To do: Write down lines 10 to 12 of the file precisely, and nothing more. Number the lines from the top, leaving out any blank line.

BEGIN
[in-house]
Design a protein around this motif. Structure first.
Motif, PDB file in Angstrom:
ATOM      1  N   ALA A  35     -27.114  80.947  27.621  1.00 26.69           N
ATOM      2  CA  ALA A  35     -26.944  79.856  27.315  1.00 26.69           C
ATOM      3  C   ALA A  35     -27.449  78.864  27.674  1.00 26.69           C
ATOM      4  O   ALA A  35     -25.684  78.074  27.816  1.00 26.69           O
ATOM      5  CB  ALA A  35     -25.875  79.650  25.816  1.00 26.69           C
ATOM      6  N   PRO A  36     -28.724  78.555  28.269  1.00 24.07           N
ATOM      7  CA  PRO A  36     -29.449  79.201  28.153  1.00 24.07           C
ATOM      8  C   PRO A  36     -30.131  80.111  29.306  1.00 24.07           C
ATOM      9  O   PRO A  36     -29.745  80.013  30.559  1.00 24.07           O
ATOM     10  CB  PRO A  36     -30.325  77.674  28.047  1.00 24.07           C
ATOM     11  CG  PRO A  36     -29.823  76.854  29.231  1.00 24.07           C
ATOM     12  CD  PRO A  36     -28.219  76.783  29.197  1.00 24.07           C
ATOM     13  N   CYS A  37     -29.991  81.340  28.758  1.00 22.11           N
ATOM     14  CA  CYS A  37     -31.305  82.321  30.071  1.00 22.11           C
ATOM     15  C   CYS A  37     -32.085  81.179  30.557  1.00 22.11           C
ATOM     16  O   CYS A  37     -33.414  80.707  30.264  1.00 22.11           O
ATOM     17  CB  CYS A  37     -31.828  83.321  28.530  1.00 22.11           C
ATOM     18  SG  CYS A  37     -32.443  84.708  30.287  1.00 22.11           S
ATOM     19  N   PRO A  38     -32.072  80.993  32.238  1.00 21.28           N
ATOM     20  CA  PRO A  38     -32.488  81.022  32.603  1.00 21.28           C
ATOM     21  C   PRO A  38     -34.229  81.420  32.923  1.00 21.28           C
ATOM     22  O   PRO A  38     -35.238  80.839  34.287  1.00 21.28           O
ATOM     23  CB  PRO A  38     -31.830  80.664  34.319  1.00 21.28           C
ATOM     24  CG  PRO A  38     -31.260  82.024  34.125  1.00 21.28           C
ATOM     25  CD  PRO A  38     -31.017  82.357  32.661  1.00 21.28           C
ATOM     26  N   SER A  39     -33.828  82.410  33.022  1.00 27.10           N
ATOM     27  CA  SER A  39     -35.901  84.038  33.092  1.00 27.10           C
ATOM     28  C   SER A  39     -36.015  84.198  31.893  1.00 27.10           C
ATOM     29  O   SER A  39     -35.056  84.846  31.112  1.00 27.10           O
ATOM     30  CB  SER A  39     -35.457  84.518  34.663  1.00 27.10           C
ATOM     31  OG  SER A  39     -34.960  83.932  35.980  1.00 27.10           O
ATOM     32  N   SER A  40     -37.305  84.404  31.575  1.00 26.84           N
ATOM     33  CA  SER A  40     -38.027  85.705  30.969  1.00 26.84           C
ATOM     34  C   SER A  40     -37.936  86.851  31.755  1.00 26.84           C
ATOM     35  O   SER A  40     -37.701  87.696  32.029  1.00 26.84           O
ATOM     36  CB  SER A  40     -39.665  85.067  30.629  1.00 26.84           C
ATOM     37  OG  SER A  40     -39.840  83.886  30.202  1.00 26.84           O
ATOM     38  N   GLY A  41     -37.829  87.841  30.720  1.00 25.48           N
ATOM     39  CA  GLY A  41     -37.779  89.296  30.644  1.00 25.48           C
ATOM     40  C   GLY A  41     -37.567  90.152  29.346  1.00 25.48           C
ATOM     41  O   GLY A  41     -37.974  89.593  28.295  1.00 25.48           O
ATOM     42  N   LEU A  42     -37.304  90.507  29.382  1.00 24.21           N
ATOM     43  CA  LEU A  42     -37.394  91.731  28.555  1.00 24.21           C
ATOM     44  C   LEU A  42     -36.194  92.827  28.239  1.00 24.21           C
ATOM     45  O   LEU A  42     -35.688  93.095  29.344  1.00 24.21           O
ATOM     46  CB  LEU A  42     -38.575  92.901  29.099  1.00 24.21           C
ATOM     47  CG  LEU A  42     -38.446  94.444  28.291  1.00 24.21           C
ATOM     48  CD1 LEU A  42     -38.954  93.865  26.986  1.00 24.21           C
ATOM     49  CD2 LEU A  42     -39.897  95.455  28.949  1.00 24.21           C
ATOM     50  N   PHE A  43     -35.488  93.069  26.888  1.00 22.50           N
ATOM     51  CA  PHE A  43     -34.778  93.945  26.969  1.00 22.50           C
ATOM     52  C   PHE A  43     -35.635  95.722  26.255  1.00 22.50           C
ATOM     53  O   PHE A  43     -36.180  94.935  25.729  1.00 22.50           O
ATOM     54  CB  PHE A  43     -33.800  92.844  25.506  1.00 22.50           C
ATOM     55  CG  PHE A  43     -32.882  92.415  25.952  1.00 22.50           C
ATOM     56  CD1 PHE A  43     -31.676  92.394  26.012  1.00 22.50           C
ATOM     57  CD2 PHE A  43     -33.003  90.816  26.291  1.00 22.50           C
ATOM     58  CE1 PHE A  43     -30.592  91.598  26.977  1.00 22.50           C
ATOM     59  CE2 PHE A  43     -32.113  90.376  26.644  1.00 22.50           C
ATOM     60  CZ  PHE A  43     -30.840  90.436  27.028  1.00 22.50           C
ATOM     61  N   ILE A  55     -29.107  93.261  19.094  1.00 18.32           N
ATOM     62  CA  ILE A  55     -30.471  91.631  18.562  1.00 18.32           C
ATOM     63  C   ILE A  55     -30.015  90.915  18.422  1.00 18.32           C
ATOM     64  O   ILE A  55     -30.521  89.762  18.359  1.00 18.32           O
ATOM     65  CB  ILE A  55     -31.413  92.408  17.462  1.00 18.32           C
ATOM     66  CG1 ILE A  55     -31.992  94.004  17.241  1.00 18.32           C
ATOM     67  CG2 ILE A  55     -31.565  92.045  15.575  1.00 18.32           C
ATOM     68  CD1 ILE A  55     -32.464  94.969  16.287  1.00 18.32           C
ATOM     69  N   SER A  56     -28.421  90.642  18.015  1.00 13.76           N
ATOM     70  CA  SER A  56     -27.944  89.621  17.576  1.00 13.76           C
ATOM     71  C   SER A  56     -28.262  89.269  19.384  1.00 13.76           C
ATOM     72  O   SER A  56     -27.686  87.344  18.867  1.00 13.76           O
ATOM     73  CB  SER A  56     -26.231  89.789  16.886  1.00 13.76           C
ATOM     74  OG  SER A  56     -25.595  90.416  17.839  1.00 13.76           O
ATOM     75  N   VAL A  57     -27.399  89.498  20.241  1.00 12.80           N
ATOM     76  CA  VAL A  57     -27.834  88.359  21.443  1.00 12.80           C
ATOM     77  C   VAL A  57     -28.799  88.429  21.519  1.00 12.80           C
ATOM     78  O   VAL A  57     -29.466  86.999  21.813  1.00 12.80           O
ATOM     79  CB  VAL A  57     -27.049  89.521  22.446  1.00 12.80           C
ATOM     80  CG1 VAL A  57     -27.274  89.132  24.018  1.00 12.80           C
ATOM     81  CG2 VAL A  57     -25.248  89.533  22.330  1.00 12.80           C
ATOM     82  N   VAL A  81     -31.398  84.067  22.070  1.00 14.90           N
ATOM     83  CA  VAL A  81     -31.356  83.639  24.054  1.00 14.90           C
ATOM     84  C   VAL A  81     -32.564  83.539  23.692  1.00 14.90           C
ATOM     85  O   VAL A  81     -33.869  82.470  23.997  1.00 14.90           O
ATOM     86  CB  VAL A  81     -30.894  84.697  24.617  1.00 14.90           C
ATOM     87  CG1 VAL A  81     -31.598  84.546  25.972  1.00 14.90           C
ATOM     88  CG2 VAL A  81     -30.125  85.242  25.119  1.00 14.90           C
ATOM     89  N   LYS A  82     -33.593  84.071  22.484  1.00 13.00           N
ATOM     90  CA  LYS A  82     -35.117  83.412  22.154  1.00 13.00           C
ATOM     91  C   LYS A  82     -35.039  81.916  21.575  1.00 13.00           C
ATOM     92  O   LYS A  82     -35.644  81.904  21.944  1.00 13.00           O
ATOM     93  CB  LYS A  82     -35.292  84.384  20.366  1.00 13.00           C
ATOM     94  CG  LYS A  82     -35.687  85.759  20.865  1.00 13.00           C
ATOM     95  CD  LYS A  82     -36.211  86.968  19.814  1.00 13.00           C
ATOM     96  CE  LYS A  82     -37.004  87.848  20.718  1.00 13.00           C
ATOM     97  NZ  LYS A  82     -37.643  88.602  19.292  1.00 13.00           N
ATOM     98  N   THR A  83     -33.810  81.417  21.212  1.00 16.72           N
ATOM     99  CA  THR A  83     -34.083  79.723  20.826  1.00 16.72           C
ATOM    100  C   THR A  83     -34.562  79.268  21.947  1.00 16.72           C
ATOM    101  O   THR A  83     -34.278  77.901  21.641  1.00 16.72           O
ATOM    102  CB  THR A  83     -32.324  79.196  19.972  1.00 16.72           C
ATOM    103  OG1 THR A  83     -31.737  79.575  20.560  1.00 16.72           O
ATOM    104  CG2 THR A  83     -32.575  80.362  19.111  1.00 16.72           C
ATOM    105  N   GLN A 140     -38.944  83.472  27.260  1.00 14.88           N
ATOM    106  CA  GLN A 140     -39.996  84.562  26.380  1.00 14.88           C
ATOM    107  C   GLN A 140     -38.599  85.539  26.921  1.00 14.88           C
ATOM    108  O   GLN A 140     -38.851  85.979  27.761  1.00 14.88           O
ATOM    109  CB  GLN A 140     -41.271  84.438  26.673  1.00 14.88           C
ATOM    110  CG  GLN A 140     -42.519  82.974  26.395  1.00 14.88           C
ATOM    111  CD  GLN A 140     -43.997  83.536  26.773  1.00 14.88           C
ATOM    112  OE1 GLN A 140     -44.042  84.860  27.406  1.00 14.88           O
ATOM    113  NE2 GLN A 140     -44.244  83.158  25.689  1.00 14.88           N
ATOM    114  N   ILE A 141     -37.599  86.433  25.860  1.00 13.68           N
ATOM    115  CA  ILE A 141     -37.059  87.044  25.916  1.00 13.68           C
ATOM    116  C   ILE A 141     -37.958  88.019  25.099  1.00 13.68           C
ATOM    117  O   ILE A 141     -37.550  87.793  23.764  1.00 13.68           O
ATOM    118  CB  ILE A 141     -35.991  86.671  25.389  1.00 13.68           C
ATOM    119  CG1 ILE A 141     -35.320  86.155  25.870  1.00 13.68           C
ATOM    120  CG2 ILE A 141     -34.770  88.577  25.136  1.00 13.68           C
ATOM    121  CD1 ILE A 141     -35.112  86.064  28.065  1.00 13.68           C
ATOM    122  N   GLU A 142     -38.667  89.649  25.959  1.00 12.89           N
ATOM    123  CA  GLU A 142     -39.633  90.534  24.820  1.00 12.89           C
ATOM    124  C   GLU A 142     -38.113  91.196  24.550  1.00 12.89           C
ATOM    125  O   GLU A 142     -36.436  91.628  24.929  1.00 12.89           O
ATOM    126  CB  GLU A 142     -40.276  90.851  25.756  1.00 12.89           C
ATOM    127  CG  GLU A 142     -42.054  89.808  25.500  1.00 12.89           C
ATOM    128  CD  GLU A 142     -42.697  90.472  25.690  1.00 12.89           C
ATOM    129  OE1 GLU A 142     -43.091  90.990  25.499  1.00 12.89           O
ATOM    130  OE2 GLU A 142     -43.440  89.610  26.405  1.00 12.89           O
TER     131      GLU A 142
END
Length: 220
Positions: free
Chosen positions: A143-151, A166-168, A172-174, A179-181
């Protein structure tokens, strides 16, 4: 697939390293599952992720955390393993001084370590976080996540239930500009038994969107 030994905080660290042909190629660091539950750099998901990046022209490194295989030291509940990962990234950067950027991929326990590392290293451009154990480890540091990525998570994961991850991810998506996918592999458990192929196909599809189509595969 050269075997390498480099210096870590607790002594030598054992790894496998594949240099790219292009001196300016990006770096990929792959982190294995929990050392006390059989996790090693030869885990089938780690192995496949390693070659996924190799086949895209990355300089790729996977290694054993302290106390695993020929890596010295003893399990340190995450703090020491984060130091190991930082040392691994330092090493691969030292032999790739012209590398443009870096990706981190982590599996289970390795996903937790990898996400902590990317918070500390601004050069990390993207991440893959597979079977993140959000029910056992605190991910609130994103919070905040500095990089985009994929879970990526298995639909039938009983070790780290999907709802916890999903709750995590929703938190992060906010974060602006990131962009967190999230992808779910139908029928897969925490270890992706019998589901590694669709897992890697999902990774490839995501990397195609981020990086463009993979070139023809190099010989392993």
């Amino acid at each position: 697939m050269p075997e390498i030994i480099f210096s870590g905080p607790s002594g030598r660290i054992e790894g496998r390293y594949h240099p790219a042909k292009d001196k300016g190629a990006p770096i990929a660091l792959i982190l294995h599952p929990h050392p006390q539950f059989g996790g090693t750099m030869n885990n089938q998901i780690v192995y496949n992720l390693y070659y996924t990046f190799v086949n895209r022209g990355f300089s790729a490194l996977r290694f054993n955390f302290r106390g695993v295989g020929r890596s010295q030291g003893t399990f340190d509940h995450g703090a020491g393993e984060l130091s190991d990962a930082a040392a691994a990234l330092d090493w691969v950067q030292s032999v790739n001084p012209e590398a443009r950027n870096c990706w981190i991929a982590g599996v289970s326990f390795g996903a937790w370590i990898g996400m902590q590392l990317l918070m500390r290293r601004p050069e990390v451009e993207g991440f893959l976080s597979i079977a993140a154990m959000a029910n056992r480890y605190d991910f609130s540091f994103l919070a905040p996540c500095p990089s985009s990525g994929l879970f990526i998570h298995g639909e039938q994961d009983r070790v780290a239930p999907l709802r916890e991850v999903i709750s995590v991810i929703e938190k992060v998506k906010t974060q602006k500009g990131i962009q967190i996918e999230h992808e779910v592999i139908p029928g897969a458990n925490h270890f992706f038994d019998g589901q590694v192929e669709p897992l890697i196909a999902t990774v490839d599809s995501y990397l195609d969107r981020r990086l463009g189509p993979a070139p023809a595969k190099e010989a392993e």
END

ATOM      7  CA  PRO A  36     -29.449  79.201  28.153  1.00 24.07           C
ATOM      8  C   PRO A  36     -30.131  80.111  29.306  1.00 24.07           C
ATOM      9  O   PRO A  36     -29.745  80.013  30.559  1.00 24.07           O